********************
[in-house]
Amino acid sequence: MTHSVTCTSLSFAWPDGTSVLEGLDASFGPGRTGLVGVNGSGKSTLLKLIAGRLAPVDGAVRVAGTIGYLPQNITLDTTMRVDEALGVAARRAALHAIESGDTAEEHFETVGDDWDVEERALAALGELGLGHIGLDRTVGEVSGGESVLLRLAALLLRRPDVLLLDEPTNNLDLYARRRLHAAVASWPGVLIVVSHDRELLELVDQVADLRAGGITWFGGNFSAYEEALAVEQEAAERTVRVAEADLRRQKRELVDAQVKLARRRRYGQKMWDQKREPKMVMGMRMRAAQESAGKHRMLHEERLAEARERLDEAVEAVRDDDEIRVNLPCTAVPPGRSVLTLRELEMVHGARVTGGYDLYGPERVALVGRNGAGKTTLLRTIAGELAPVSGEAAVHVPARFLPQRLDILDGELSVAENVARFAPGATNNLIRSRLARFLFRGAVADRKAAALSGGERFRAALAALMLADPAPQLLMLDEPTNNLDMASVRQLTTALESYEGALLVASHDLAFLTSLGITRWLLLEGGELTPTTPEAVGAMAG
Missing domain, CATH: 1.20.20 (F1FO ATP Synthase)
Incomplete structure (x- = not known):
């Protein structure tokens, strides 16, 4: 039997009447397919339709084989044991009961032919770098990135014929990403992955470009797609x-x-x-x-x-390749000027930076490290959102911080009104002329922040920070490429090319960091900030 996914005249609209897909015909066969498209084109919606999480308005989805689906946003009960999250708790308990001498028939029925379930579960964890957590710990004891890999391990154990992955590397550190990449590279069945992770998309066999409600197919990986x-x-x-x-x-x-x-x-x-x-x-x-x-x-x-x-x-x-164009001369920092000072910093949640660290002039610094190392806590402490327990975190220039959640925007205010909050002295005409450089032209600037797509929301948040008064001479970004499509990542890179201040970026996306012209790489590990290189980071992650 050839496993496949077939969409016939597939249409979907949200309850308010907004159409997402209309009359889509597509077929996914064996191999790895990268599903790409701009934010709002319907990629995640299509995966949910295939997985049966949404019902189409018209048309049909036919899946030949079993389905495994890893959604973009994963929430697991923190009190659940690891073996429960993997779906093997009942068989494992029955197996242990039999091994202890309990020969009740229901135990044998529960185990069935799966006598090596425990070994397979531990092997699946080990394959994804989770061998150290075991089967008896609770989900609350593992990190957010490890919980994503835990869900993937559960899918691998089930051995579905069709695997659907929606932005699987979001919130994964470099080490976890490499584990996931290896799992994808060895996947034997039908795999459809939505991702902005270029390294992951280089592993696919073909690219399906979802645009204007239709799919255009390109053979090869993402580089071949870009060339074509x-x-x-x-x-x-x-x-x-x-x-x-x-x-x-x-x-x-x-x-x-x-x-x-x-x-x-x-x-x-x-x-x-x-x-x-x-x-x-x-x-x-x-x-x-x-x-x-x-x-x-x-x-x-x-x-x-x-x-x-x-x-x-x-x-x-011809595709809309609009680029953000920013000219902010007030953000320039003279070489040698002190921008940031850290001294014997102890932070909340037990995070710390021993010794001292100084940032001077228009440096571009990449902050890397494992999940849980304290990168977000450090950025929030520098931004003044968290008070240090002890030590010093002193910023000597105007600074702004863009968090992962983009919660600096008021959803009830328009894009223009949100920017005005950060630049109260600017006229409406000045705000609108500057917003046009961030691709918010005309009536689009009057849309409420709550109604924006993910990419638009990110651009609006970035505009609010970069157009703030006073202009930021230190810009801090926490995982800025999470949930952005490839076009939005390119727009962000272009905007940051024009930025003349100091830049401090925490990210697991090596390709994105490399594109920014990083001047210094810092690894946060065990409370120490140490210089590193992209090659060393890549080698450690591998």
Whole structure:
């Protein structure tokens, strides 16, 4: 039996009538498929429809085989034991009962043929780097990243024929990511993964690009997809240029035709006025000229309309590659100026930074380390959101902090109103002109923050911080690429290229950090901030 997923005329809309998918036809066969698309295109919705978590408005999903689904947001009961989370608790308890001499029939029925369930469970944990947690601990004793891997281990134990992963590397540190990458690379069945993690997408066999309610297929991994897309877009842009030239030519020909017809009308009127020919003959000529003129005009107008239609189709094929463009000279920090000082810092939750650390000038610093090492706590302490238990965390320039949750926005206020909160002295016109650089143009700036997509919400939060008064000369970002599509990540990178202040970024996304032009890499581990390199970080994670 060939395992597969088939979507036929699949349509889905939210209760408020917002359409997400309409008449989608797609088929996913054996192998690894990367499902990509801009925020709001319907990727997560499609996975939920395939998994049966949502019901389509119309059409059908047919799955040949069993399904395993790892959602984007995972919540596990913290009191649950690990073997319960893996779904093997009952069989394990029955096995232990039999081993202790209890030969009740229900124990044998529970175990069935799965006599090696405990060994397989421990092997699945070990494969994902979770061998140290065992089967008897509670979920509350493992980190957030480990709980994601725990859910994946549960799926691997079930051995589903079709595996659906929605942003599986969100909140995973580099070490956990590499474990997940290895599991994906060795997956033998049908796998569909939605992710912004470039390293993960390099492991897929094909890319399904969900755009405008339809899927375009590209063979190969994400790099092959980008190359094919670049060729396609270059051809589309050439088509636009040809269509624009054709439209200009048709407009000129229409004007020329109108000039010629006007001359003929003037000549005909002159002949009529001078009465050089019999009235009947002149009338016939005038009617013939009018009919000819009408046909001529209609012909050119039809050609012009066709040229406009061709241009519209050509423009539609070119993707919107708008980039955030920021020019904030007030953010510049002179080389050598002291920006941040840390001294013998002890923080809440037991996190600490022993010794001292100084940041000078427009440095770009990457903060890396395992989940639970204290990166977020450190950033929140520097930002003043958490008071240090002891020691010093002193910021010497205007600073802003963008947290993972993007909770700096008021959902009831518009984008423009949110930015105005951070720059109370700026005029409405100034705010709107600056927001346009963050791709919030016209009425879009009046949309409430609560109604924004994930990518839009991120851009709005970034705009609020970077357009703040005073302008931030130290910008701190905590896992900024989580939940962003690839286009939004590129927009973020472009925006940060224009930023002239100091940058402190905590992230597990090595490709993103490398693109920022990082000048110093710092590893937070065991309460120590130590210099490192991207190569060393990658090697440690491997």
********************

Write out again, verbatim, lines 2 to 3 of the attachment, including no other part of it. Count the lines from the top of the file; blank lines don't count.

Amino acid sequence: MTHSVTCTSLSFAWPDGTSVLEGLDASFGPGRTGLVGVNGSGKSTLLKLIAGRLAPVDGAVRVAGTIGYLPQNITLDTTMRVDEALGVAARRAALHAIESGDTAEEHFETVGDDWDVEERALAALGELGLGHIGLDRTVGEVSGGESVLLRLAALLLRRPDVLLLDEPTNNLDLYARRRLHAAVASWPGVLIVVSHDRELLELVDQVADLRAGGITWFGGNFSAYEEALAVEQEAAERTVRVAEADLRRQKRELVDAQVKLARRRRYGQKMWDQKREPKMVMGMRMRAAQESAGKHRMLHEERLAEARERLDEAVEAVRDDDEIRVNLPCTAVPPGRSVLTLRELEMVHGARVTGGYDLYGPERVALVGRNGAGKTTLLRTIAGELAPVSGEAAVHVPARFLPQRLDILDGELSVAENVARFAPGATNNLIRSRLARFLFRGAVADRKAAALSGGERFRAALAALMLADPAPQLLMLDEPTNNLDMASVRQLTTALESYEGALLVASHDLAFLTSLGITRWLLLEGGELTPTTPEAVGAMAG
Missing domain, CATH: 1.20.20 (F1FO ATP Synthase)